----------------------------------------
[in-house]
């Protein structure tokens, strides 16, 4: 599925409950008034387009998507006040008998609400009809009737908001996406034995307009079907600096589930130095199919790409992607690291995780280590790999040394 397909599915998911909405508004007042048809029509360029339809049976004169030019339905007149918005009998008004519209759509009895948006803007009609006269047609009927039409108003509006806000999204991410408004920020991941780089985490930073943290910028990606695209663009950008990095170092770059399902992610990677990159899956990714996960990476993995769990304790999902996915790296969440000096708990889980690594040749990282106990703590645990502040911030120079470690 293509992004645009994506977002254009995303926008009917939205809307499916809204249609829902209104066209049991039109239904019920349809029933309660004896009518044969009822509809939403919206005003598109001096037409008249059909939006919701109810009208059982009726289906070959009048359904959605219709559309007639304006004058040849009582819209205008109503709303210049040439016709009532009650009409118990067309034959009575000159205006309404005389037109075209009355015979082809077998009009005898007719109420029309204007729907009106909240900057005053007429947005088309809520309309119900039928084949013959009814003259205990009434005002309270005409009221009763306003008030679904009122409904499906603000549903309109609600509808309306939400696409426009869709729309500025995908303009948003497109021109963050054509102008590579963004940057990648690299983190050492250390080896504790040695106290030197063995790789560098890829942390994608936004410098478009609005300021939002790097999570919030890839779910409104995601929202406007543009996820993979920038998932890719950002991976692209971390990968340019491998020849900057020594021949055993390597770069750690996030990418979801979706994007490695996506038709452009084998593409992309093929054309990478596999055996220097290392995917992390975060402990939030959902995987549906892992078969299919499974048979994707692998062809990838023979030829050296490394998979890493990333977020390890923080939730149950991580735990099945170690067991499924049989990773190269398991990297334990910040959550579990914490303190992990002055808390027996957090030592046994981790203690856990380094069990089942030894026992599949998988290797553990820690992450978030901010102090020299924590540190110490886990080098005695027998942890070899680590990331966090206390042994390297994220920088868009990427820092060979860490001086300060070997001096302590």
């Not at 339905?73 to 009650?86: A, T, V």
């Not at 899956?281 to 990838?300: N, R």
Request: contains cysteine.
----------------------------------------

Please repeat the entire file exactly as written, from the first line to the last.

[in-house]
């Protein structure tokens, strides 16, 4: 599925409950008034387009998507006040008998609400009809009737908001996406034995307009079907600096589930130095199919790409992607690291995780280590790999040394 397909599915998911909405508004007042048809029509360029339809049976004169030019339905007149918005009998008004519209759509009895948006803007009609006269047609009927039409108003509006806000999204991410408004920020991941780089985490930073943290910028990606695209663009950008990095170092770059399902992610990677990159899956990714996960990476993995769990304790999902996915790296969440000096708990889980690594040749990282106990703590645990502040911030120079470690 293509992004645009994506977002254009995303926008009917939205809307499916809204249609829902209104066209049991039109239904019920349809029933309660004896009518044969009822509809939403919206005003598109001096037409008249059909939006919701109810009208059982009726289906070959009048359904959605219709559309007639304006004058040849009582819209205008109503709303210049040439016709009532009650009409118990067309034959009575000159205006309404005389037109075209009355015979082809077998009009005898007719109420029309204007729907009106909240900057005053007429947005088309809520309309119900039928084949013959009814003259205990009434005002309270005409009221009763306003008030679904009122409904499906603000549903309109609600509808309306939400696409426009869709729309500025995908303009948003497109021109963050054509102008590579963004940057990648690299983190050492250390080896504790040695106290030197063995790789560098890829942390994608936004410098478009609005300021939002790097999570919030890839779910409104995601929202406007543009996820993979920038998932890719950002991976692209971390990968340019491998020849900057020594021949055993390597770069750690996030990418979801979706994007490695996506038709452009084998593409992309093929054309990478596999055996220097290392995917992390975060402990939030959902995987549906892992078969299919499974048979994707692998062809990838023979030829050296490394998979890493990333977020390890923080939730149950991580735990099945170690067991499924049989990773190269398991990297334990910040959550579990914490303190992990002055808390027996957090030592046994981790203690856990380094069990089942030894026992599949998988290797553990820690992450978030901010102090020299924590540190110490886990080098005695027998942890070899680590990331966090206390042994390297994220920088868009990427820092060979860490001086300060070997001096302590």
């Not at 339905?73 to 009650?86: A, T, V």
């Not at 899956?281 to 990838?300: N, R």
Request: contains cysteine.